In stark contrast, using social media platforms to buy or sell products is notably less prevalent, registering at a mere 13% - suggesting that, for the time being, social media in Europe remains primarily a channel for communication and information dissemination rather than a marketplace. The modest interest in social media commerce raises questions about how quickly users will adopt buying and selling features that platforms are increasingly incorporating.
More Insights on Europe
The 2022 Deloitte report on social commerce also unpacks a lot in terms of shopper preferences in Europe with global comparisons. Keep in mind that the European figures are an average based on data from the UK, France, and Germany. Here are a few takeaways from the report:
28% of European shoppers want the ability to purchase directly and easily from influencers, compared to 41% globally.
Live streaming is an appealing feature for an immersive shopping experience for 27% of Europeans, whereas 40% of global shoppers feel the same.
In contrast to 60% globally, half of European consumers are interested in Augmented Reality-driven shopping experiences.
A brand's presence in the virtual world is valued by 53% of Europeans and 69% of global shoppers.
While 41% of global shoppers show interest, 50% of Europeans are keen on buying limited edition virtual products like NFTs.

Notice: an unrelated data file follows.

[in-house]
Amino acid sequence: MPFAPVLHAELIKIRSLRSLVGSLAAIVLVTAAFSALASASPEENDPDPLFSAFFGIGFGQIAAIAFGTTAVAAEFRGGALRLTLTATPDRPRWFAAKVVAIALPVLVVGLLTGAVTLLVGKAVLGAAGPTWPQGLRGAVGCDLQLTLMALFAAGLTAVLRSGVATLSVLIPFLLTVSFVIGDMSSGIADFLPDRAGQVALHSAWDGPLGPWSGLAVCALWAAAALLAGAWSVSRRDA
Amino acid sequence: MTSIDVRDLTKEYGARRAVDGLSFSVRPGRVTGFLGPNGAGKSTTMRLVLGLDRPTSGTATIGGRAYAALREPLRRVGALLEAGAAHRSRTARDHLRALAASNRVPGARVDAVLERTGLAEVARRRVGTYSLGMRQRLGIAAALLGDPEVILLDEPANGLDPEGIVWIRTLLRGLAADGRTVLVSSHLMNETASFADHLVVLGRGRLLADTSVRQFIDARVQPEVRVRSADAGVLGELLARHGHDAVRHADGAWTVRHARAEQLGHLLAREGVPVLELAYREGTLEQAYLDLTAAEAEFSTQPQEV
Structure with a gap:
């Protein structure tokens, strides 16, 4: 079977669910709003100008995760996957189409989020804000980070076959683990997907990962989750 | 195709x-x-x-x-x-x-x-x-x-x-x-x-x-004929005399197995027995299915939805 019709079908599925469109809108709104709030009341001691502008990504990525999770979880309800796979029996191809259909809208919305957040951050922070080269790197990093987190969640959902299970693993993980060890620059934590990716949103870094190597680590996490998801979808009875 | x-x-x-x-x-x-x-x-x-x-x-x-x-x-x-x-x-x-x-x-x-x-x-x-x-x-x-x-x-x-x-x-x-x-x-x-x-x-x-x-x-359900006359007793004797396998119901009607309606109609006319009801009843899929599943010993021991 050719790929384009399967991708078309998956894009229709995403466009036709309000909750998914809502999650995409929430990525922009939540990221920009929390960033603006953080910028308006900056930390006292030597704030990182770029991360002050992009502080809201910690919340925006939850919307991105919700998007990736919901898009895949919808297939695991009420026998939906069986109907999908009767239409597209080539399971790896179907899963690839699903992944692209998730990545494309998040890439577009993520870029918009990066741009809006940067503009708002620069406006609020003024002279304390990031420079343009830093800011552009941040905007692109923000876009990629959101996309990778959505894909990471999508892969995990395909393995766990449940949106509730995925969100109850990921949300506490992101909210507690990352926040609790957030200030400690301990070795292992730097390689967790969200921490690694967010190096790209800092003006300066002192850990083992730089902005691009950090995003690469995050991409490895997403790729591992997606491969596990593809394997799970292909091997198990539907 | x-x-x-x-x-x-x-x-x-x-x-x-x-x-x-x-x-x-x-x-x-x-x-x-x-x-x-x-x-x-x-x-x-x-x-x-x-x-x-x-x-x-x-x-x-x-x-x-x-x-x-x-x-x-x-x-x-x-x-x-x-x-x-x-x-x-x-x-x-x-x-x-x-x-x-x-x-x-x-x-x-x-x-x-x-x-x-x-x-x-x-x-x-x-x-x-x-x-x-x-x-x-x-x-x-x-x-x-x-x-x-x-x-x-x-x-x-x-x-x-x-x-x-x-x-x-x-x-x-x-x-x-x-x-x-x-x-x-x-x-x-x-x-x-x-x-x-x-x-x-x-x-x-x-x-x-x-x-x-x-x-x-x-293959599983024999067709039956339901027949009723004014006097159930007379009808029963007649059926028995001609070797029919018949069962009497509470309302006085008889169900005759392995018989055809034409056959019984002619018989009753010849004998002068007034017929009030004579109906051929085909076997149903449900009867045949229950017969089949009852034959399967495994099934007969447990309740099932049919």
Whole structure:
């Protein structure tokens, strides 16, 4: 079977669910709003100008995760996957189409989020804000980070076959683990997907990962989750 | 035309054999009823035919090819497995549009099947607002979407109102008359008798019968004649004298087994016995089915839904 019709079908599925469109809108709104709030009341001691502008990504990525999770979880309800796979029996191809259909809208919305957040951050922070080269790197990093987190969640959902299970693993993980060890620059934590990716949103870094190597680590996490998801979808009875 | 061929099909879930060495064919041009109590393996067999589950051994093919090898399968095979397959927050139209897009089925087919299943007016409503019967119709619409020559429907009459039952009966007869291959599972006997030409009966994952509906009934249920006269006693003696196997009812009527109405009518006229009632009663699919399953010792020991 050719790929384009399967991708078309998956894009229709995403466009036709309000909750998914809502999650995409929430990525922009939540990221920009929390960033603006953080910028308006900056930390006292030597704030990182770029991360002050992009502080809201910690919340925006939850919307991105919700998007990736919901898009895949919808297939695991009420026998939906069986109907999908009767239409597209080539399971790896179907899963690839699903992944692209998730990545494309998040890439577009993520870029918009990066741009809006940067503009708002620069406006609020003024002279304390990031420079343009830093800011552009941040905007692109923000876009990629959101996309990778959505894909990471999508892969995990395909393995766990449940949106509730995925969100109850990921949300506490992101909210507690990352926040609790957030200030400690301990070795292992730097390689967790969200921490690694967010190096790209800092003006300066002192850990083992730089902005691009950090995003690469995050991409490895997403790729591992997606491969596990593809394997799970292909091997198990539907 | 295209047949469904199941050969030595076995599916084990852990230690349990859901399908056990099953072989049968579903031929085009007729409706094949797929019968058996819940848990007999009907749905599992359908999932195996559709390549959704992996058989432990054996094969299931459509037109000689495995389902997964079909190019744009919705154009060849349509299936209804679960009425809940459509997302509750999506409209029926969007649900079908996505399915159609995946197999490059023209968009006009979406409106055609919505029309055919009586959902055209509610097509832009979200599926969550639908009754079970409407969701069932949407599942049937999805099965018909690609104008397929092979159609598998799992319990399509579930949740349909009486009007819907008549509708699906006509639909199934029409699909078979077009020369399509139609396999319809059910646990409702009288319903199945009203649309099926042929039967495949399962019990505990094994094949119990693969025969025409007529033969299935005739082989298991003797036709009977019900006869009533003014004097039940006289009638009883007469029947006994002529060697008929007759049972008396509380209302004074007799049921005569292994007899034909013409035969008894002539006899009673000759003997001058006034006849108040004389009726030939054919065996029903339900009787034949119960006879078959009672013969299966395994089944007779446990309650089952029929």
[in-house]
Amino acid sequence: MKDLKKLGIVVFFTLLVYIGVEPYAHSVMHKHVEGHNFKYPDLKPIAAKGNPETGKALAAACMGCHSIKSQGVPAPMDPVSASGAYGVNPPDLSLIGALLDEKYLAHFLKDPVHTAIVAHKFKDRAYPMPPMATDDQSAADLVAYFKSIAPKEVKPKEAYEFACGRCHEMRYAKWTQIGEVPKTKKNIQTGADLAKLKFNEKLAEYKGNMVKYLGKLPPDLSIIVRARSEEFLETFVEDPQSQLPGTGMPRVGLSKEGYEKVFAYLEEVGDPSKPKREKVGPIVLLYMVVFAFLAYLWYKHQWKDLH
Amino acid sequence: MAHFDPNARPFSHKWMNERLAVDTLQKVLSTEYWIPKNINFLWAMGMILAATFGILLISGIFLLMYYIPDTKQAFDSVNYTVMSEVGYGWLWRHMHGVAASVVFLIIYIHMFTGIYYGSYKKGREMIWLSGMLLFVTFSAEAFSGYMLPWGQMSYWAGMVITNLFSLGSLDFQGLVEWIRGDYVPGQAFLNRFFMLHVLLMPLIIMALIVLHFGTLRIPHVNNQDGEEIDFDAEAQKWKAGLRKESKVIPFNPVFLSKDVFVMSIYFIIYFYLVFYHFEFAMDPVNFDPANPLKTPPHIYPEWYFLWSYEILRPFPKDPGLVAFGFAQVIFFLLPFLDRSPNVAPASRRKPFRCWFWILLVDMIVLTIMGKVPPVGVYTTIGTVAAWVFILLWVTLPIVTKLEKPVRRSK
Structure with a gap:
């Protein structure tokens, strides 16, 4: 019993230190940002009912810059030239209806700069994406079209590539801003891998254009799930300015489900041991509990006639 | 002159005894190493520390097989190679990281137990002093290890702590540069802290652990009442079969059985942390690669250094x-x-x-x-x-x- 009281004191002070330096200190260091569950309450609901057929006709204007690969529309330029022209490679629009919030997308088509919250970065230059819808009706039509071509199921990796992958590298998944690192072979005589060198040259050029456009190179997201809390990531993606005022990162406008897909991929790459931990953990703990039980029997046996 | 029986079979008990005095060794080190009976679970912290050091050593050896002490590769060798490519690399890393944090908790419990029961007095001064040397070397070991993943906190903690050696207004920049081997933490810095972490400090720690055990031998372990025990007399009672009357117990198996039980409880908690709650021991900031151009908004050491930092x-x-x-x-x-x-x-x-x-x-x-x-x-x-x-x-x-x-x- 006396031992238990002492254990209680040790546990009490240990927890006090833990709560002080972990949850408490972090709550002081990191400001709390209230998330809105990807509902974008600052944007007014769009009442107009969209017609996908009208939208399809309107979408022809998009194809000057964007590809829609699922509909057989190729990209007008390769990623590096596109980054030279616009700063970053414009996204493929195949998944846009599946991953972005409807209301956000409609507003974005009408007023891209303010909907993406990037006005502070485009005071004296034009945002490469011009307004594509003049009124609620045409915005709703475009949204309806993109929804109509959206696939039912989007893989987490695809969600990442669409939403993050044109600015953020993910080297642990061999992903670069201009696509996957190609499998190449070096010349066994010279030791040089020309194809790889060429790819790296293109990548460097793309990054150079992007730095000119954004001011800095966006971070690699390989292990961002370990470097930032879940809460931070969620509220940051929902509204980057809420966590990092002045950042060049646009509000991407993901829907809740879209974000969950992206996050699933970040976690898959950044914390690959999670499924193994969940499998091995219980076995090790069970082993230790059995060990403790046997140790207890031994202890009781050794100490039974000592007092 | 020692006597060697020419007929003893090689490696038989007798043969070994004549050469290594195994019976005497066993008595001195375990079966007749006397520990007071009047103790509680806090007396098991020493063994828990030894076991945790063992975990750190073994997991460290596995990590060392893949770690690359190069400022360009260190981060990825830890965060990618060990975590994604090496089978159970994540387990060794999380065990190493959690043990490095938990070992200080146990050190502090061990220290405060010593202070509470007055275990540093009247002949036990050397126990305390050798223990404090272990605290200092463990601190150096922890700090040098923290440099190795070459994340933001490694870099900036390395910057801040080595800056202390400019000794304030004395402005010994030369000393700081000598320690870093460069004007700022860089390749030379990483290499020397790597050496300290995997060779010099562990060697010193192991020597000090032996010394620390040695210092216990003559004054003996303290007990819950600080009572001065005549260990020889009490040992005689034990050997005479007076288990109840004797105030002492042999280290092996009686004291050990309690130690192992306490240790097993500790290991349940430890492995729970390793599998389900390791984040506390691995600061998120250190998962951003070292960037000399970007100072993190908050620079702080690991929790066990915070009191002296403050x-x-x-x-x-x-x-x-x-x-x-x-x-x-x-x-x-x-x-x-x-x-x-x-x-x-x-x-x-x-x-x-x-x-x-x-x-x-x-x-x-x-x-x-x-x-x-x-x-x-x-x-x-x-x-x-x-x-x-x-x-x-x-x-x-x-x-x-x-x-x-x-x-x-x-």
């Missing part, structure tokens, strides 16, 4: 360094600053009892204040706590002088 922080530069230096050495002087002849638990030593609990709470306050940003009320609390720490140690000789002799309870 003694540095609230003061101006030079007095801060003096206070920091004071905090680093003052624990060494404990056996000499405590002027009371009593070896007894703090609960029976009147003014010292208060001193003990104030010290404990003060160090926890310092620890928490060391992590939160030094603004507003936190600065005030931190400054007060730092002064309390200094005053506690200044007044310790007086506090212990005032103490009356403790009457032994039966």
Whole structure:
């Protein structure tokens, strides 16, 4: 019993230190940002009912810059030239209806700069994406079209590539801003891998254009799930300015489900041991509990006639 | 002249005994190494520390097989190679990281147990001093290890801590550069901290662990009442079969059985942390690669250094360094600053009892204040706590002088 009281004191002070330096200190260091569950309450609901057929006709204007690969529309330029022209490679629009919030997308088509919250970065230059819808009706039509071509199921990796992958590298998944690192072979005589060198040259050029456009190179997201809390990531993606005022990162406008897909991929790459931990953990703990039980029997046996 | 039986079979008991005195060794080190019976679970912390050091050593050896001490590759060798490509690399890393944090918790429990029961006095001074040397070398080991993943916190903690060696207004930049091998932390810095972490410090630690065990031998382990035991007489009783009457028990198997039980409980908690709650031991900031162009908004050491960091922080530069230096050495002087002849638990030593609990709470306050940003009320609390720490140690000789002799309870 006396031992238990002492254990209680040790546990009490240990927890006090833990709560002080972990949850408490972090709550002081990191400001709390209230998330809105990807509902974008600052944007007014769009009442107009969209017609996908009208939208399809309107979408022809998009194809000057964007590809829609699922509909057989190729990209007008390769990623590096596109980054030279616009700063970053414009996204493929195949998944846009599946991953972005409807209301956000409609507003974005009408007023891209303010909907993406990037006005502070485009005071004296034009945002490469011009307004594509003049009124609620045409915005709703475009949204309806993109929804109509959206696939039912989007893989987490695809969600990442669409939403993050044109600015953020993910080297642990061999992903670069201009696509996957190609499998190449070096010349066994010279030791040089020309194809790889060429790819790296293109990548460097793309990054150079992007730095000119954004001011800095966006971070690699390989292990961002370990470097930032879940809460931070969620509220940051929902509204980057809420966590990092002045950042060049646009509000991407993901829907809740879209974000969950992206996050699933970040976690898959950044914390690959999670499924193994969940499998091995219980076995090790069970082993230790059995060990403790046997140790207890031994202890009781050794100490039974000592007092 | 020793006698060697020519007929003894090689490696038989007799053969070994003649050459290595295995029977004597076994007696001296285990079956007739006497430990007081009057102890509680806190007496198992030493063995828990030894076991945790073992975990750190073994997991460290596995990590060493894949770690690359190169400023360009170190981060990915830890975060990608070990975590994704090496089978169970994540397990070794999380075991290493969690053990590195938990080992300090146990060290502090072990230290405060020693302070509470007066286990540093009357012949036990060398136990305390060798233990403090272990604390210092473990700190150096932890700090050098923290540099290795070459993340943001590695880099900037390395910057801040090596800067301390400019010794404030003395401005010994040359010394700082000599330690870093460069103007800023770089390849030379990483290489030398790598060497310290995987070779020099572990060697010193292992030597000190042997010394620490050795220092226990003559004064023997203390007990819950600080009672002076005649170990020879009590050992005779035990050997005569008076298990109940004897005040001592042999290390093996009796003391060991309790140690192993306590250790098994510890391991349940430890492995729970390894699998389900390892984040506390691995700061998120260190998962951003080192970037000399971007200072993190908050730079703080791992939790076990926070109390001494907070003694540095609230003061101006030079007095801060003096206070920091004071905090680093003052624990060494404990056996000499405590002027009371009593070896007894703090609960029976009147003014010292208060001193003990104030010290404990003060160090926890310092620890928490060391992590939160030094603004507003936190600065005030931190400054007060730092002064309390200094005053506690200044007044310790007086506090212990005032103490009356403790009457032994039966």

Facebook and Instagram Lead the Way in Europe for Social Commerce
A report from Wunderman Thompson Commerce shows that among EU online shoppers, Facebook leads as the preferred platform for purchases with 24%, while Instagram follows at 16%. These two platforms seem to dominate the social commerce space in the EU, likely due to their established user bases and shopping features.
YouTube, TikTok, and WhatsApp trail behind, capturing 7%, 6%, and 5% respectively. These platforms are less traditional for shopping but still show potential for growth in eCommerce. Overall, social media plays a varied but significant role in influencing EU shoppers.
After digging into the social platforms popular among European shoppers and the various factors affecting their engagement, we shift focus to the market's economic dynamics.
Social Commerce Market Development in Europe
The European social commerce market has come a long way since its more modest revenue of US$6.22 billion in 2018, a year when the social commerce penetration rate among European online shoppers was a mere 2.5%. The sector's consistent upward trend, particularly in recent years, signals its growing role in the digital economy.